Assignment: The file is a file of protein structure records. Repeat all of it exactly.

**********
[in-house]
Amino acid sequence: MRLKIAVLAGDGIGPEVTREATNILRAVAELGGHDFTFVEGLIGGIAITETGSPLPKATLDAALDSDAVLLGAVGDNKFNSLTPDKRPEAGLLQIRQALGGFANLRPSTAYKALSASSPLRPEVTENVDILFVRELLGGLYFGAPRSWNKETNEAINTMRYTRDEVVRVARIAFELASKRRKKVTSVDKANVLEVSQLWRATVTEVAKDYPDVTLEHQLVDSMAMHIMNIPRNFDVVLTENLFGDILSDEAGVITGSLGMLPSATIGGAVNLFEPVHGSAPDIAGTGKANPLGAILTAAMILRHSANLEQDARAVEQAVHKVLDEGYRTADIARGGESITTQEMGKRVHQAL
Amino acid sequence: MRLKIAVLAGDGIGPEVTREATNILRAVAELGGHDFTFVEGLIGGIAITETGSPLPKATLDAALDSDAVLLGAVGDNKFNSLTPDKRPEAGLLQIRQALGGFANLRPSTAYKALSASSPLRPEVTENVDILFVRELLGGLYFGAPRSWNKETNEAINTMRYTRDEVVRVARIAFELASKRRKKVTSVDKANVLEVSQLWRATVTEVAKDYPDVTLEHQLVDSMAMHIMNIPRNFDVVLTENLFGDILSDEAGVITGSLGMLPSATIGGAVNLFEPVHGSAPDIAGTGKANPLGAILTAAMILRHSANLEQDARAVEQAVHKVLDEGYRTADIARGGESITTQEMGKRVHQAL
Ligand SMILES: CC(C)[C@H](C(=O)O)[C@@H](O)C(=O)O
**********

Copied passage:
[in-house]
Amino acid sequence: MRLKIAVLAGDGIGPEVTREATNILRAVAELGGHDFTFVEGLIGGIAITETGSPLPKATLDAALDSDAVLLGAVGDNKFNSLTPDKRPEAGLLQIRQALGGFANLRPSTAYKALSASSPLRPEVTENVDILFVRELLGGLYFGAPRSWNKETNEAINTMRYTRDEVVRVARIAFELASKRRKKVTSVDKANVLEVSQLWRATVTEVAKDYPDVTLEHQLVDSMAMHIMNIPRNFDVVLTENLFGDILSDEAGVITGSLGMLPSATIGGAVNLFEPVHGSAPDIAGTGKANPLGAILTAAMILRHSANLEQDARAVEQAVHKVLDEGYRTADIARGGESITTQEMGKRVHQAL
Amino acid sequence: MRLKIAVLAGDGIGPEVTREATNILRAVAELGGHDFTFVEGLIGGIAITETGSPLPKATLDAALDSDAVLLGAVGDNKFNSLTPDKRPEAGLLQIRQALGGFANLRPSTAYKALSASSPLRPEVTENVDILFVRELLGGLYFGAPRSWNKETNEAINTMRYTRDEVVRVARIAFELASKRRKKVTSVDKANVLEVSQLWRATVTEVAKDYPDVTLEHQLVDSMAMHIMNIPRNFDVVLTENLFGDILSDEAGVITGSLGMLPSATIGGAVNLFEPVHGSAPDIAGTGKANPLGAILTAAMILRHSANLEQDARAVEQAVHKVLDEGYRTADIARGGESITTQEMGKRVHQAL
Ligand SMILES: CC(C)[C@H](C(=O)O)[C@@H](O)C(=O)O